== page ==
Genres: Contemporary Romance
Publisher: Waterhouse Press
Publication Date: March 27th 2018
Source: Arc, Netgalley
“Blake Monroe hasn’t had the easiest life, but she’s never been one to dwell on her misfortunes, preferring to see the world as a place where you get what you give.
Having had an especially troubling childhood, Blake’s aware she doesn’t exactly fit the definition of “normal.” Her lack of filter, dry sense of humor, and uncanny ability to read people make her rather unique—and difficult to live with. When her latest roommate has had enough of her antics, Blake decides living with a man might suit her better.
Gavin Gibson’s a dreamer whose artsy aspirations don’t meet the high expectations of his wealthy family. Cast off and cut off, Gavin needs a place to live. When he’s invited to share Blake’s quaint apartment, he cannot pass it up. With a knack for spotting the good in others, Gavin can see past Blake’s quirks—and neither of them can ignore their sexual chemistry.
As sparks fly, their genuine affection for each other grows, and Gavin begins to break down Blake’s defenses. But can Blake open up to reveal the damage she’s worked so hard to conceal?” —Goodreads Synopsis
Yeah I didn’t like this one.
The synopsis is what intrigued me about this book and ultimately led me to requesting this ARC on Netgalley. I mean, a main character that has absolutely no filter and is supposedly quirky? That is great banter just waiting to happen! And you all know how much I love great banter between characters. Sadly, I don’t think I really got that.
The story follows Blake, a really eccentric (or sociopathic, whichever term you prefer) girl who doesn’t have the best luck in the world in regards to roommates. Her lack of a filter and odd personality (to put it nicely) makes her hard to live with. After the sudden departure of her last roommate, Blake decides to give the opposite sex a try. Quickly we are introduced to Gavin, a creative mind who dreams of being a photographer, but spends most of his time doing menial jobs to pay the bills due to his rich family cutting him off. When his last living arrangement falls to pieces, he goes on the search for a new place and a new roommate.
Cue Blake and her no filter, and cue instant chemistry and BAM!
Let the craziness begin.
I gave everything I had to try enjoy this book, I really did. But holy cannoli this book was really hard to get into, for one thing, and the execution to a lot of the story left a lot to be desired.
For starters, I had a hard time relating to Blake– just for the sole reason that she didn’t really have anything going for her besides the no filter and obvious sociopathic tendencies. She says everything that is on her mind with no regard to anyone else’s feelings but her own. Some could find this endearing, however, about 90% of the time I found myself uncomfortable reading her dialogue and wished someone or anyone could teach her that not everything that pops into your head should be said aloud. The author explains her behavior is due to a crappy childhood, but the reader isn’t informed of this until more than half way through the book and even then I still don’t think its a good enough excuse. However, most of the characters, if not all, let it slide due to Blake being attractive. Also, this is not okay in my opinion.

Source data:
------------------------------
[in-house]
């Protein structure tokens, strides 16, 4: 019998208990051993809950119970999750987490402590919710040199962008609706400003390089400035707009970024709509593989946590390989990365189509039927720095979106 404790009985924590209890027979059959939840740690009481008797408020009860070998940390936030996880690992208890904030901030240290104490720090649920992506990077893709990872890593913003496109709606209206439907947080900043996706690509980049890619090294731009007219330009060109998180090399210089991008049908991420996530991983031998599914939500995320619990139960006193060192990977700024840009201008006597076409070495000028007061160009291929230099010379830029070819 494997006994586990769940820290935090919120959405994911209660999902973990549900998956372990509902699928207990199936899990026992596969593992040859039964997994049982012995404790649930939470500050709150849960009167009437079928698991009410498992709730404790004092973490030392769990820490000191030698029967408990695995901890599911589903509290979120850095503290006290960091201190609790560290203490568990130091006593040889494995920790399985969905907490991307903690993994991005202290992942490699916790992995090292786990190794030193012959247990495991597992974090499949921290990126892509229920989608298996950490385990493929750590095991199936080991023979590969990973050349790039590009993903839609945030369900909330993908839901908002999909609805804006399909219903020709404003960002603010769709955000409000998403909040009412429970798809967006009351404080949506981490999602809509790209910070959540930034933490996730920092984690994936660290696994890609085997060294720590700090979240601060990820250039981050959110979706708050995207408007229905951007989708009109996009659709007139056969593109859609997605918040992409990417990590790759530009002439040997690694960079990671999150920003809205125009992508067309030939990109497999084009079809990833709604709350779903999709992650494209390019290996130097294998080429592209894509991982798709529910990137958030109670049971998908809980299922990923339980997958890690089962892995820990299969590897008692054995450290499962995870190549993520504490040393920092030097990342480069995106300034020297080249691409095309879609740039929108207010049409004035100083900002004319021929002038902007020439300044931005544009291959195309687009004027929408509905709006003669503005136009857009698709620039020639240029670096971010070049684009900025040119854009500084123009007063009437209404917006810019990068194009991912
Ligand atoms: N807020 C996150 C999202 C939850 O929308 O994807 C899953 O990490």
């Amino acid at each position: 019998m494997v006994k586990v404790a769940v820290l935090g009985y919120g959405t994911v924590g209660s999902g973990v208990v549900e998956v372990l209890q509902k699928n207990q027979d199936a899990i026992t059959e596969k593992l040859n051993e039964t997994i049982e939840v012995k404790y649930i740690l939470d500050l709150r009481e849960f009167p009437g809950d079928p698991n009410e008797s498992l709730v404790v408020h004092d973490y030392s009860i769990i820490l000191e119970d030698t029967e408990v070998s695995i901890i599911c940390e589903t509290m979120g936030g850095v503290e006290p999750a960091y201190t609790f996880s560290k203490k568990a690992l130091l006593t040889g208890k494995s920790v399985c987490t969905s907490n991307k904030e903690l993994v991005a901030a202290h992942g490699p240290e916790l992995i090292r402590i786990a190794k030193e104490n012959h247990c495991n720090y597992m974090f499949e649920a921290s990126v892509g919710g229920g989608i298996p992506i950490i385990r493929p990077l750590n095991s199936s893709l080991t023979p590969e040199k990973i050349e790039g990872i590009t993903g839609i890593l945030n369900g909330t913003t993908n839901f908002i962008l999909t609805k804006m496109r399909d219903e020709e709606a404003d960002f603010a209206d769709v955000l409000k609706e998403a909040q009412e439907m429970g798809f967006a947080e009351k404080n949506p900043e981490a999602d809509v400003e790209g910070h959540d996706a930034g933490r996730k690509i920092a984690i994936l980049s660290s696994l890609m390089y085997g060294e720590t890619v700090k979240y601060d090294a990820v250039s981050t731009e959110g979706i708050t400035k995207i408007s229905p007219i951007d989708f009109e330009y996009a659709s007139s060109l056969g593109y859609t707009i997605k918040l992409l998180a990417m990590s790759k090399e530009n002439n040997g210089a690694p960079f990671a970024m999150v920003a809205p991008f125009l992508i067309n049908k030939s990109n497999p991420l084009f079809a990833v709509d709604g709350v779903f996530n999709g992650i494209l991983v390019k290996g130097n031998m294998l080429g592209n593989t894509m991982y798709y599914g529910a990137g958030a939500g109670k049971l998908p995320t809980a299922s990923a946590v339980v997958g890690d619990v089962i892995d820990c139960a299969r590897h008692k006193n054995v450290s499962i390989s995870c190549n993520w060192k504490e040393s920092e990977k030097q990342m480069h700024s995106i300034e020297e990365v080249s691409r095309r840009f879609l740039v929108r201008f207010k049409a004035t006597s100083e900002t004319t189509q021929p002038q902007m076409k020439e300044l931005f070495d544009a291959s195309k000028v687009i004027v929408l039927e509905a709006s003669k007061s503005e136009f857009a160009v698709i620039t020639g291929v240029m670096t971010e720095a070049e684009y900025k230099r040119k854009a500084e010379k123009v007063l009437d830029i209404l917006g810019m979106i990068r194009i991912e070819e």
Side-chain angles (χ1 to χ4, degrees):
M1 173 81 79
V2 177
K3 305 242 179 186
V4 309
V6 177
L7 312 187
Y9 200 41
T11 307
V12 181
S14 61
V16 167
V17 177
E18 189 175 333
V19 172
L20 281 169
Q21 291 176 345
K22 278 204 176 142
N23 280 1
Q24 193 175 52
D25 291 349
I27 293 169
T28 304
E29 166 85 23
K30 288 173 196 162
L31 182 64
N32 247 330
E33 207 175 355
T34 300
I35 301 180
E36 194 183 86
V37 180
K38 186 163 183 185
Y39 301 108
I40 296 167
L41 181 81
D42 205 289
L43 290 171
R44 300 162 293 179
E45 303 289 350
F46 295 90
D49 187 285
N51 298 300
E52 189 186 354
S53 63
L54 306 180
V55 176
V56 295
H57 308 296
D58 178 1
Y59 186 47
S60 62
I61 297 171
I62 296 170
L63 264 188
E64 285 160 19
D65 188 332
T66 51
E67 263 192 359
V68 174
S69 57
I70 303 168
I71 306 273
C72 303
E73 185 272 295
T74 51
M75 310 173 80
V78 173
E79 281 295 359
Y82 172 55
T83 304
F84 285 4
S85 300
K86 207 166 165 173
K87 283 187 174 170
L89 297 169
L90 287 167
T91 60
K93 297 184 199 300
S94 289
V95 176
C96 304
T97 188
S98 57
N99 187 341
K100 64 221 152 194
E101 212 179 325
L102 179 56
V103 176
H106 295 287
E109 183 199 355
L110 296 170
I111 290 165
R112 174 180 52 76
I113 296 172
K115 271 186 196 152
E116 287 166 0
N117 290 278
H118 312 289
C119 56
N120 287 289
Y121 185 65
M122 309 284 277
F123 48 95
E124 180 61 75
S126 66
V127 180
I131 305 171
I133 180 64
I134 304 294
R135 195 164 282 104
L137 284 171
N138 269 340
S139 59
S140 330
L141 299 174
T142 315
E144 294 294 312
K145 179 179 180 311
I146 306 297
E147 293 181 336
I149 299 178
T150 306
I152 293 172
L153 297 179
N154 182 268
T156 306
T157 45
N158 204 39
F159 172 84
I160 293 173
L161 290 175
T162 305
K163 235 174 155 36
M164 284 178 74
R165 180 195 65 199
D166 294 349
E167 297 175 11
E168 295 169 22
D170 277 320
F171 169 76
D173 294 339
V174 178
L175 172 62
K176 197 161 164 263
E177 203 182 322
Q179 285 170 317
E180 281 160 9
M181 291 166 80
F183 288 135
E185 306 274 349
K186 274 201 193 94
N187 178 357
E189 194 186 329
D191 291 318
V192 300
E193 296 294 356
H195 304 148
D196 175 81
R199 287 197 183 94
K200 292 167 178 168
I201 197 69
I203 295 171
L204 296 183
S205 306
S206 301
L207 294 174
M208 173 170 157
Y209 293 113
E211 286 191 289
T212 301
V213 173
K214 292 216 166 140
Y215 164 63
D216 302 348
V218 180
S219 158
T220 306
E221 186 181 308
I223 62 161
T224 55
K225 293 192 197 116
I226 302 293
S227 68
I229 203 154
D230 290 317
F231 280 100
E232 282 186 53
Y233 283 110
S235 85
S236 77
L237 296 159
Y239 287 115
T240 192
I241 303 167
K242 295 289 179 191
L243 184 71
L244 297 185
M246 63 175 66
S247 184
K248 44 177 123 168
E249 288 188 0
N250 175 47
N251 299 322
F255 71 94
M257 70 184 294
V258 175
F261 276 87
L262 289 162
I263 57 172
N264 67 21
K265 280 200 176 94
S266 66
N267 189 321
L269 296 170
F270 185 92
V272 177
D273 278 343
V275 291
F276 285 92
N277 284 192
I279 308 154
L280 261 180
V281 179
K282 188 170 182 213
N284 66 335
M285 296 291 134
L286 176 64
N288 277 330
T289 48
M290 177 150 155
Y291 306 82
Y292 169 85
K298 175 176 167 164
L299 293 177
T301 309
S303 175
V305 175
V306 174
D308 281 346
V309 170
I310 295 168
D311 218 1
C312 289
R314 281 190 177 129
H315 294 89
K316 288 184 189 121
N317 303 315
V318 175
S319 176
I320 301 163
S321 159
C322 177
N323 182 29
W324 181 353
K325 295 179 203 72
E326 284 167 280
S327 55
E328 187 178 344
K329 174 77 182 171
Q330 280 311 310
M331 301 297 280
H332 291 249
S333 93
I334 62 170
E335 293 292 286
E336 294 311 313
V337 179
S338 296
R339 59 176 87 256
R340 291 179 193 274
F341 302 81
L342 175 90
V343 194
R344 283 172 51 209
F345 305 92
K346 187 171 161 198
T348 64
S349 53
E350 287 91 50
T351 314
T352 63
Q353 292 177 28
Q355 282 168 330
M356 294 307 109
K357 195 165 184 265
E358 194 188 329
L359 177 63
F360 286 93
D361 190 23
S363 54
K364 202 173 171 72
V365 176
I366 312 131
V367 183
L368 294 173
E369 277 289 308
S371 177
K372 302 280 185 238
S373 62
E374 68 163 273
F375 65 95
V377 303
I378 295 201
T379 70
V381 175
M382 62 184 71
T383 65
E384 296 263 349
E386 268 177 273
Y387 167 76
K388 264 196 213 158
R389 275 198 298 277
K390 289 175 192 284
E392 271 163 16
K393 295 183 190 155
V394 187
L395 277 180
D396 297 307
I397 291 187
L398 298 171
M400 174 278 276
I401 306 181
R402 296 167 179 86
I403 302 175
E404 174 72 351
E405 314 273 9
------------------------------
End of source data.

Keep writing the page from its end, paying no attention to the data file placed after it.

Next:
The hero and love interest of the story, Gavin, is anything but interesting. Like Blake, he is very one-dimensional and has about the same amount of personality as a Ford Focus. That is, until near the end of the novel, where we slowly begin to see some form of a characterization begin to peak through.
The novel has components of characters dealing with internal psychological trauma, but throughout the story I was unable to believe the circumstances that the author created revolving that trauma. As a person who hasn’t dealt with psych trauma before, I can’t accurately judge if this book was a good rep for those who go through that, but as a reader I felt like the author didn’t do enough research and this led it to be poorly executed and ultimately a big misrepresentation.
The pace of the novel was at a snail’s pace on a good day. We don’t find anything out and nothing moves the story forward until just about a little more than half way through the book. Instead of keeping the story and plot going forward and reeling the reader in, the scenes felt stagnant and quite frankly pulled me out of the story. Not even 20% in, and I was checking to see how much I had left.
Like I said, the concept was great, but the execution was terrible. I really wanted to enjoy this book, however, it took 5ever and a day for me to not hate the main characters as much as I did in the beginning and for them to actually show some human emotion that I could relate to. I am firm believer that the characters make the story, but sadly, these characters didn’t make the mark.
POV: Third person
Would I re-read: Nope
Would I read more from this author: I don’t think so.
(Volunteered for this ARC for my Honest Review)